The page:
The Federal Circuit said that Apple was well within its rights to ask for a ban on sales of the Galaxy Tab 10.1 tablet, and referred the case back to the District Court to consider the balance of hardships and whether the public interest favoured an injunction with respect to the D’889 patent.
On 26th June 2012, the District Court considered the balance of hardships and found that while Samsung would be harmed by being forced to withdraw the Galaxy Tab 10.1 from the market, the harm faced by Apple absent an injunction would be greater. The District Court also found that in light of the Federal Circuit’s ruling that Samsung had not raised a substantial question to the validity of the D’889 patent, the balance of hardship would favour Apple.
The District Court also addressed whether the public interest would favour issuance of a preliminary injunction of the Galaxy Tab 10.1. The District Court was persuaded by the Federal Circuit’s decision that the public interest would favour an injunction on the basis that the D’889 patent is likely valid and infringed by the Galaxy Tab 10.1, and that Samsung is not likely to establish that the D’899 patent is invalid at trial.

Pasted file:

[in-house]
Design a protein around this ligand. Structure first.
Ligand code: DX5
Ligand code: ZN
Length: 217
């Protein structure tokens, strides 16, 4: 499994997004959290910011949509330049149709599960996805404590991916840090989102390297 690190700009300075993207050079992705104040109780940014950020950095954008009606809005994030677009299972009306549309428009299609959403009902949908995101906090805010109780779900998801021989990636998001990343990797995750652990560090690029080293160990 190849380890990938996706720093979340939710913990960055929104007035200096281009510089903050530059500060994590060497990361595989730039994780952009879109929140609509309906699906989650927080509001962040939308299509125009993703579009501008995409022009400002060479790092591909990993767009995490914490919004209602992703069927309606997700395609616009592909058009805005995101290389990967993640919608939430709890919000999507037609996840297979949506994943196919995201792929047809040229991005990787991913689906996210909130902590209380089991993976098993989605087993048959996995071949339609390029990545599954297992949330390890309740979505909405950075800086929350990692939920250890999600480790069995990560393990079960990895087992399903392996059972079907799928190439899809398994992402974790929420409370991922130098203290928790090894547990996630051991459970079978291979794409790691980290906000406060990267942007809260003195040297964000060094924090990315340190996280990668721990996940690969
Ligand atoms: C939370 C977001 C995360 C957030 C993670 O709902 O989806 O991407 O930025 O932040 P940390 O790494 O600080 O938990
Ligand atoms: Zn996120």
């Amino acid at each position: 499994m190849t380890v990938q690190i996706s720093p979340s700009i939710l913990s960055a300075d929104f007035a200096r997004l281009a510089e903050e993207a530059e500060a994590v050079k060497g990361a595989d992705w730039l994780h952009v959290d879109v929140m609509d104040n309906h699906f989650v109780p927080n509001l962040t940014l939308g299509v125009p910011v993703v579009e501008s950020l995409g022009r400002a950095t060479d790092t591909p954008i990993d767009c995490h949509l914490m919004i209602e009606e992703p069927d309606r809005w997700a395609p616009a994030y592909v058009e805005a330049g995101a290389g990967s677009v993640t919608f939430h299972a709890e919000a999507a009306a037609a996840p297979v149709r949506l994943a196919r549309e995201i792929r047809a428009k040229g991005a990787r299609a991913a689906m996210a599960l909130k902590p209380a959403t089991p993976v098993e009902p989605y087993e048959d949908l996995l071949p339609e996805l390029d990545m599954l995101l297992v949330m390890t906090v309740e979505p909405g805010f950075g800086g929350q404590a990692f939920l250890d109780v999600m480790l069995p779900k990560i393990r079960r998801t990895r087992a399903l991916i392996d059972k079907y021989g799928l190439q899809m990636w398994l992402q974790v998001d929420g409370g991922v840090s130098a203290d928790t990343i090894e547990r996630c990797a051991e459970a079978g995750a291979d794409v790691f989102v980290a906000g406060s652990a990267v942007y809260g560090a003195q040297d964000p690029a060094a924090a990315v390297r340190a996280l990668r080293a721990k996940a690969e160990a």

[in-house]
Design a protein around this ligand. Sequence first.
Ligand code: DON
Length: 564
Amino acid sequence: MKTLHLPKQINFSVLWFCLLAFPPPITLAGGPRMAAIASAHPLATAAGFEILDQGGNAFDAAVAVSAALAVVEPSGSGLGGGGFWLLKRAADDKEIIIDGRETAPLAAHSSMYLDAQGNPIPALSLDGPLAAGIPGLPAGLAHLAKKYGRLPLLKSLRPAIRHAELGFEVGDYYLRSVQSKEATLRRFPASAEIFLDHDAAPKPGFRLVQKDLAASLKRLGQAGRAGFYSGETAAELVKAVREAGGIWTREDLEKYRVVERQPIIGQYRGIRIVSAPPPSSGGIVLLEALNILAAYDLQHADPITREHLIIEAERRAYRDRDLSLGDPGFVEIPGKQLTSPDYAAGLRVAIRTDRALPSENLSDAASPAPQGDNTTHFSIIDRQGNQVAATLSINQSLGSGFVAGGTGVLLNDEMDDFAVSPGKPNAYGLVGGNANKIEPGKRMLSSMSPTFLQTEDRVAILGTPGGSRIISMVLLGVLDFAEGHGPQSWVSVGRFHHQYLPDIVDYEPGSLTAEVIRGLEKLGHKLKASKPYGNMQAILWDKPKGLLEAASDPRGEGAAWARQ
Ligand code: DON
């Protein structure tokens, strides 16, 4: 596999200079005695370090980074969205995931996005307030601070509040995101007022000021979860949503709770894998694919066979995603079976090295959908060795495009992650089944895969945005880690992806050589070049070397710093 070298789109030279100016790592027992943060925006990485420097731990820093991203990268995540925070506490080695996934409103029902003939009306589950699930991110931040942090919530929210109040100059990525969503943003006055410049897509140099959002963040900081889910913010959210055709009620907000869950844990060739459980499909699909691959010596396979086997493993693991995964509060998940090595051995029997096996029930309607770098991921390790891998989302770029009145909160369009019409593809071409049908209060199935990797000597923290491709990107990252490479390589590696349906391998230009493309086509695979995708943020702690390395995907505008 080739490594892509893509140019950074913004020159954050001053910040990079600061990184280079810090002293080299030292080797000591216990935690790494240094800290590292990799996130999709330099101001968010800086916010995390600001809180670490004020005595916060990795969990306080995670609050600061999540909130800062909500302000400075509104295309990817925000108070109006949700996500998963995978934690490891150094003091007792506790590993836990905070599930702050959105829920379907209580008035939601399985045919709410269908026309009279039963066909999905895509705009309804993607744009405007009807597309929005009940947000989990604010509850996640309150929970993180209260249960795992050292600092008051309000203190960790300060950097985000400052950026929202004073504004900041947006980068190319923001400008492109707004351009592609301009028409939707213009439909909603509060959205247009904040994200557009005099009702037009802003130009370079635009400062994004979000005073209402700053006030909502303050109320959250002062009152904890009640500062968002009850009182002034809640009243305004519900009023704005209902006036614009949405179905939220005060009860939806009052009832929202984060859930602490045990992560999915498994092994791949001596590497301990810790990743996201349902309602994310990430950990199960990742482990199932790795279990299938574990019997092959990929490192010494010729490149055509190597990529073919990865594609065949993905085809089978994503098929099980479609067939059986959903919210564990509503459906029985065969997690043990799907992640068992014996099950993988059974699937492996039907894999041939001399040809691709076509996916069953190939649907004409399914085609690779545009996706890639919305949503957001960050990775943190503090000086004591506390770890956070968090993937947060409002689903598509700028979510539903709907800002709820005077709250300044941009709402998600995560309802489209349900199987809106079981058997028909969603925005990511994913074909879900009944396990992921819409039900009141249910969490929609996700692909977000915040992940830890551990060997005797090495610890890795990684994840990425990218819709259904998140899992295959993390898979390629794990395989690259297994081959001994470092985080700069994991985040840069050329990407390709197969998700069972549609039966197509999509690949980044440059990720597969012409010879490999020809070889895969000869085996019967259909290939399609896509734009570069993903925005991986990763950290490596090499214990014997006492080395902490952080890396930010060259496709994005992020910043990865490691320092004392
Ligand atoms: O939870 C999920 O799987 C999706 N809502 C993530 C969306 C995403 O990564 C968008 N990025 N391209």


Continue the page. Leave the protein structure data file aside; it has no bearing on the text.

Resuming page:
Based on these findings, the District Court granted Apple’s request for a preliminary injunction against the sale of Samsung’s Galaxy Tab 10.1 in the United States. Apple has since paid a $2.6 million bond as required to initiate the injunction to protect against damages suffered by Samsung if the injunction is later found to have been wrong. It is expected that enforcement of the injunction will likely take place in around one to two weeks time.
Samsung has since appealed the preliminary injunction against the U.S. sales of its Galaxy Tab 10.1, asking the District Court to suspend the order pending resolution of an appeal to be held at the Federal Circuit. However, Samsung’s request to appeal was rejected on 2 July 2012.
The US preliminary injunction follows an injunction in Australia that was later overturned on appeal, a German injunction that Samsung has so far successfully designed around (with the Galaxy Tab 10.1N), and a Dutch injunction that barred some Samsung smartphones but not the Galaxy Tab 10.1. Like it did in Germany, Samsung could offer a re-designed tablet that does not infringe on the iPad design patent, but it must be “more than colorably different” from the 10.1 and not embody “any design contained in D’889 patent,” according to the District Court ruling.
The granting of a preliminary injunction is a strong indication that the District Court believes Apple is likely to prove its claims of infringement at trial later this month, and could seek significant damages.